Permanent Collection Renaissance Baroque Rococo

Artistic intervention: Franz Graf

The joint arrangement of precious glasses with valuable needle and bobbin lace in the Renaissance Baroque Rococo Collection on permanent display not only complies with aspects of art history, but also places these delicate materials in a visual-sensuous dialogue with each other that enhances and accentuates their aesthetic effect with striking clarity.
A design intention = states of affairs. The wealth of appearances.
The legacy of those who were here before us = the form of actions, our inheritance = memory: museums are also, like cemeteries, our quiet bliss: because the nature of the encounter also gives rise to understanding: it seems there can be no truth concerning this, but only original, brilliant works: silence is the word extinct. Because the same thing once meant something else: because the essence of things is forever dead, and its material properties maintain this expansion into a different world: because a past exists that the living individual can reach into and at least the possibility is hinted at of coming to an end through oneself and beyond with the early ***** appearance. / Franz Graf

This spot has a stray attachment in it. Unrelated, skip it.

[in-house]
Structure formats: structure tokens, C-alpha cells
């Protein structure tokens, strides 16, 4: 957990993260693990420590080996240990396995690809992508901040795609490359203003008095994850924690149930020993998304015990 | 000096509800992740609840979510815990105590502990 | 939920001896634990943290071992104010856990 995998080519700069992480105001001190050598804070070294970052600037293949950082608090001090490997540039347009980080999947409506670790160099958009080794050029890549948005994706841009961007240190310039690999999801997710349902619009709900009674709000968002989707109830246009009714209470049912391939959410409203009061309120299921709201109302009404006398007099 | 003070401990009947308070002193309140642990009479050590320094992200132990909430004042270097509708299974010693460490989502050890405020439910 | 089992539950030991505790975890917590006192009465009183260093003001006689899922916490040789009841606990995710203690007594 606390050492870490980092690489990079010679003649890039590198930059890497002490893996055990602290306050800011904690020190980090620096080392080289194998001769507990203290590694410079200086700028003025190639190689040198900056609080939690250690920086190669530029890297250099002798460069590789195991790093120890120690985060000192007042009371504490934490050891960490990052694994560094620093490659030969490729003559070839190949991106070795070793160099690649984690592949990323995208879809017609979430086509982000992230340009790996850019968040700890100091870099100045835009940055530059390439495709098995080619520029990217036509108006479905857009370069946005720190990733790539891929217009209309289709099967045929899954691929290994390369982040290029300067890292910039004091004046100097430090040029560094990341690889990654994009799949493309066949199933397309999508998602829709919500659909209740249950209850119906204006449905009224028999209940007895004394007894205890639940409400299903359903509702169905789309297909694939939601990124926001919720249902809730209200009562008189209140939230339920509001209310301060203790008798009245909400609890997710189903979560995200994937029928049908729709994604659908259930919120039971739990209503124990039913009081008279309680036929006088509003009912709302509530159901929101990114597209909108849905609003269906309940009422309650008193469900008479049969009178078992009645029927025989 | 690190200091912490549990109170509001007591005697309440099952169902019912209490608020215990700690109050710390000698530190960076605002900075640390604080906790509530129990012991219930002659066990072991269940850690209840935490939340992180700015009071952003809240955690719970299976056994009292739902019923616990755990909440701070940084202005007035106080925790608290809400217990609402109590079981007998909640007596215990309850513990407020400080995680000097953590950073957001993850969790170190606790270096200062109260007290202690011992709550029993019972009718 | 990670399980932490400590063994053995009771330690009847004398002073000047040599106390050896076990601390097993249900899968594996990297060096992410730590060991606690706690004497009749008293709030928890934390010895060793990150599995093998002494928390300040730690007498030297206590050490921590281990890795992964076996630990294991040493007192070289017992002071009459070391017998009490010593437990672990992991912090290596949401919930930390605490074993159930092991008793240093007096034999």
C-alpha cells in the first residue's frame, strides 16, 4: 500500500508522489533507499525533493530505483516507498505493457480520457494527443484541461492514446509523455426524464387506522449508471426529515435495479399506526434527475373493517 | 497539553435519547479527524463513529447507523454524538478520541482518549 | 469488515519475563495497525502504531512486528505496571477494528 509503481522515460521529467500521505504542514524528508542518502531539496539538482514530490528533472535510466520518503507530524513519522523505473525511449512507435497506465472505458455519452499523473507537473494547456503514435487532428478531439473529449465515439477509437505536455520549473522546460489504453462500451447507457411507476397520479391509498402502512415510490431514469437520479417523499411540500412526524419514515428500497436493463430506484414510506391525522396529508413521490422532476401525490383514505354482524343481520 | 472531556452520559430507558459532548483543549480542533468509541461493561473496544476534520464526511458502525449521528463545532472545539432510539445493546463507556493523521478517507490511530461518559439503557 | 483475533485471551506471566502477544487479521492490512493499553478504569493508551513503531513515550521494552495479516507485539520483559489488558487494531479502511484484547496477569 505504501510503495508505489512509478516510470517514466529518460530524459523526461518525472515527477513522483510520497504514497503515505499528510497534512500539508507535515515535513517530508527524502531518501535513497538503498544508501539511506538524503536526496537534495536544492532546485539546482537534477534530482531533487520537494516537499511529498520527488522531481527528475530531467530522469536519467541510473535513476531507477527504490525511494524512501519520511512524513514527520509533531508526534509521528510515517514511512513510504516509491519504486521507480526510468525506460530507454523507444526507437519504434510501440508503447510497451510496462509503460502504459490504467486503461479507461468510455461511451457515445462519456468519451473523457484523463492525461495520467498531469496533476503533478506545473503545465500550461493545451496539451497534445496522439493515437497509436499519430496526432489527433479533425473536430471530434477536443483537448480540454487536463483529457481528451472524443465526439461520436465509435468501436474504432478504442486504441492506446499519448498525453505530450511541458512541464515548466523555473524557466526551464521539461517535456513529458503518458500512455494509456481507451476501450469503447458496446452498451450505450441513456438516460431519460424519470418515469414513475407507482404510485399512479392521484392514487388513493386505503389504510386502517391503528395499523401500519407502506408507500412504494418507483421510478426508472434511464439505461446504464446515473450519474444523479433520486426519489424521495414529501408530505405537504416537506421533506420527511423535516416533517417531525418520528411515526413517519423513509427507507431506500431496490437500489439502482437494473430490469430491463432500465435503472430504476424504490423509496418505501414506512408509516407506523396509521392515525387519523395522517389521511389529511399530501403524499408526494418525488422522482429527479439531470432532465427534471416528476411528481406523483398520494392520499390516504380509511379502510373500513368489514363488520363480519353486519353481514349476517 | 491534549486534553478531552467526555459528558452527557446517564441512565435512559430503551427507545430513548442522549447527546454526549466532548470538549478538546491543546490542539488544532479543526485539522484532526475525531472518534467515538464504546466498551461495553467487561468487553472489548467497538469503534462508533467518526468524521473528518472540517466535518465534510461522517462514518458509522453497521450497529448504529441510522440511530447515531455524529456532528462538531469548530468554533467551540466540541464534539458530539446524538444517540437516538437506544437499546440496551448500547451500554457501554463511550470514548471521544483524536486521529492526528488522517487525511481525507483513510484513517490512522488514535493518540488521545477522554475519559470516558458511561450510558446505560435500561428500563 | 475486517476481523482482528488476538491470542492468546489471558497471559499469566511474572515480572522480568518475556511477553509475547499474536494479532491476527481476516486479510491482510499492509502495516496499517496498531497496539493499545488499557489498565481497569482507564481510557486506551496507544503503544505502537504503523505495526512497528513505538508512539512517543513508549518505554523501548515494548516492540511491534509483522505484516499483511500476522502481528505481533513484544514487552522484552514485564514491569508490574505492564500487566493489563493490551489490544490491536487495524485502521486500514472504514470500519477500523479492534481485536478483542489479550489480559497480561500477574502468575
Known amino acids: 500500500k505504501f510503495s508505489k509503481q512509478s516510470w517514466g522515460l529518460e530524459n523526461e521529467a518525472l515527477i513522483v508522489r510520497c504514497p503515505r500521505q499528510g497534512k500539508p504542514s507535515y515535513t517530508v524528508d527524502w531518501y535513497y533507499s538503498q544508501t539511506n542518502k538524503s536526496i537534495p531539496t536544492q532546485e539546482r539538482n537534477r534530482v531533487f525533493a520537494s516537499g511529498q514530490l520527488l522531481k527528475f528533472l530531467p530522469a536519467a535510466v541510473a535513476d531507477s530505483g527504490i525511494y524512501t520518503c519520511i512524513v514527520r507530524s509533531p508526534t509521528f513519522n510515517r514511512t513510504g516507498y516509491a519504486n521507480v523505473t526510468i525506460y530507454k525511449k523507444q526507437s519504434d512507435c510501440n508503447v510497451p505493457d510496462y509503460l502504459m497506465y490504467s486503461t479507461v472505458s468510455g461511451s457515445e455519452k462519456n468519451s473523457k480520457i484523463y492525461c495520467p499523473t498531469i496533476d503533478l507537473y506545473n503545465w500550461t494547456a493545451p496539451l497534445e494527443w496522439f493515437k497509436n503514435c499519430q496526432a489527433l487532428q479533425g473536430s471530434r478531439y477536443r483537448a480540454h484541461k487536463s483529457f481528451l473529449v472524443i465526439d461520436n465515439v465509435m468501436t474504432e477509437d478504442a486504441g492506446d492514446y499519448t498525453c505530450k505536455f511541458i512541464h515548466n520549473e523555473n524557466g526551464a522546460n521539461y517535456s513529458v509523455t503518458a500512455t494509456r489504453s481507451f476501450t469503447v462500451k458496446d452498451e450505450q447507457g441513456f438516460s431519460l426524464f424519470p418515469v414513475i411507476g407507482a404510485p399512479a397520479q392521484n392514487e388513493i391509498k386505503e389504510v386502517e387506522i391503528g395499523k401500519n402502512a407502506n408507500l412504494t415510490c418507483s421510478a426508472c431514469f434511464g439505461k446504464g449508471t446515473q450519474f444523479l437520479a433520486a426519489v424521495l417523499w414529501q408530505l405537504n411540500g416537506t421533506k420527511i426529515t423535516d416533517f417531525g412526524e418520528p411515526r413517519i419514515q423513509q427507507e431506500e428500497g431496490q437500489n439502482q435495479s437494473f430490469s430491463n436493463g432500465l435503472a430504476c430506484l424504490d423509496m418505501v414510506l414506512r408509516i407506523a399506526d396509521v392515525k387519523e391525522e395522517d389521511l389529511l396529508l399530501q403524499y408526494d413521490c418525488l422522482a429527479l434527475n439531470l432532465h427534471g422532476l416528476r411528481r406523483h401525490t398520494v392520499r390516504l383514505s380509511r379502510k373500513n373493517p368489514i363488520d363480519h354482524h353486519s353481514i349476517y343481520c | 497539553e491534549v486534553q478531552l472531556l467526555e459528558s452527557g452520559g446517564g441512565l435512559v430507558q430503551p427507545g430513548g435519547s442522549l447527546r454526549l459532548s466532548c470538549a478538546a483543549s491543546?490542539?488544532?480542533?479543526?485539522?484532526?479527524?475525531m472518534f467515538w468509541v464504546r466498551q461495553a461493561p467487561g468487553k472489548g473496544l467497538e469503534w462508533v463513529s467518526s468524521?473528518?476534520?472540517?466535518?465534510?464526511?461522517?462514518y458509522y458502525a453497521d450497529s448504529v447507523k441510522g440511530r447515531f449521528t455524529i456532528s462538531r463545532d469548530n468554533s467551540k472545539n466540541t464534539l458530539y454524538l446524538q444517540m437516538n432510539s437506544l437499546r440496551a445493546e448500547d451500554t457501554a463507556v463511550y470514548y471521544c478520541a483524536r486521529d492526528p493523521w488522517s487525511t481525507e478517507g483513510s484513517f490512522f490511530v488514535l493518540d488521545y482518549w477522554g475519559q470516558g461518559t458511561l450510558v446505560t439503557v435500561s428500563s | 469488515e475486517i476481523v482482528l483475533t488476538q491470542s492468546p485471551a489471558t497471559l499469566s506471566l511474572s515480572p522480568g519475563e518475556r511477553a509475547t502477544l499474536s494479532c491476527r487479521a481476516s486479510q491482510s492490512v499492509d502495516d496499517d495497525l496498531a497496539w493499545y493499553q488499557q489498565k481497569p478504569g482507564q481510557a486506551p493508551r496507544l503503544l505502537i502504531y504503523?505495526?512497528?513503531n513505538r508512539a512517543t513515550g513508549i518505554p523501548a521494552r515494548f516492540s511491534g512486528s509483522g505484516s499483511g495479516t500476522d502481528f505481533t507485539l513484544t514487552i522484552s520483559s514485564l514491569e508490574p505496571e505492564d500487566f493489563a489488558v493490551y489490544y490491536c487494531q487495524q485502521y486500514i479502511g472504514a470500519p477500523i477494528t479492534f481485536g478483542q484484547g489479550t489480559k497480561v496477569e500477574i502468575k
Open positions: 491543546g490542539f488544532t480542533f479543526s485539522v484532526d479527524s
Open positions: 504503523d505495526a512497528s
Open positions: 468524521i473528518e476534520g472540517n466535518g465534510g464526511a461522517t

The MAK's collection of lace, and its holdings of glassware—especially Venetian glass—are considered among the finest and most varied in the world. Even in the Baroque period, Venetian glasswork was particularly treasured, and both men and women spent vast sums on the sumptuous lace decoration that fashion demanded.
While glass-making is one of the oldest handicraft techniques in the world, the history of lace-making only begins in the late Renaissance period, probably in Italy. A distinction is made between needlepoint lace and bobbin lace, but combinations of the two techniques are often seen. Florence, and later Venice and Milan, were the centers of Italian lace-making in the sixteenth and seventeenth centuries, before lace-making in France and Flanders began during the eighteenth century. Venice was the center of European glass-making from the Middle Ages onwards. Around 1500, Venetian glass-makers succeeded in producing clear, colorless glass. Glassblowing spread from Venice across the whole of Europe. In the north, centering on Bohemia and Silesia, there was a preference for harder glass that could be decorated with relief or intaglio engraving, or glass decorated with enamel, Schwarzlot ("black solder"), or gold. This presentation of glasswork and lacework is not based only on art-historical criteria, but also on the visual effects of the materials—their "transparency", material delicacy, and the virtuosity of the craftsmanship involved in their production—which may today be the aspect of them that arouses the greatest admiration. / Angela Völker (curator of the MAK Textiles and Carpets Collection during the phase of the reinstallation of the MAK Permanent Collection in the early 1990s)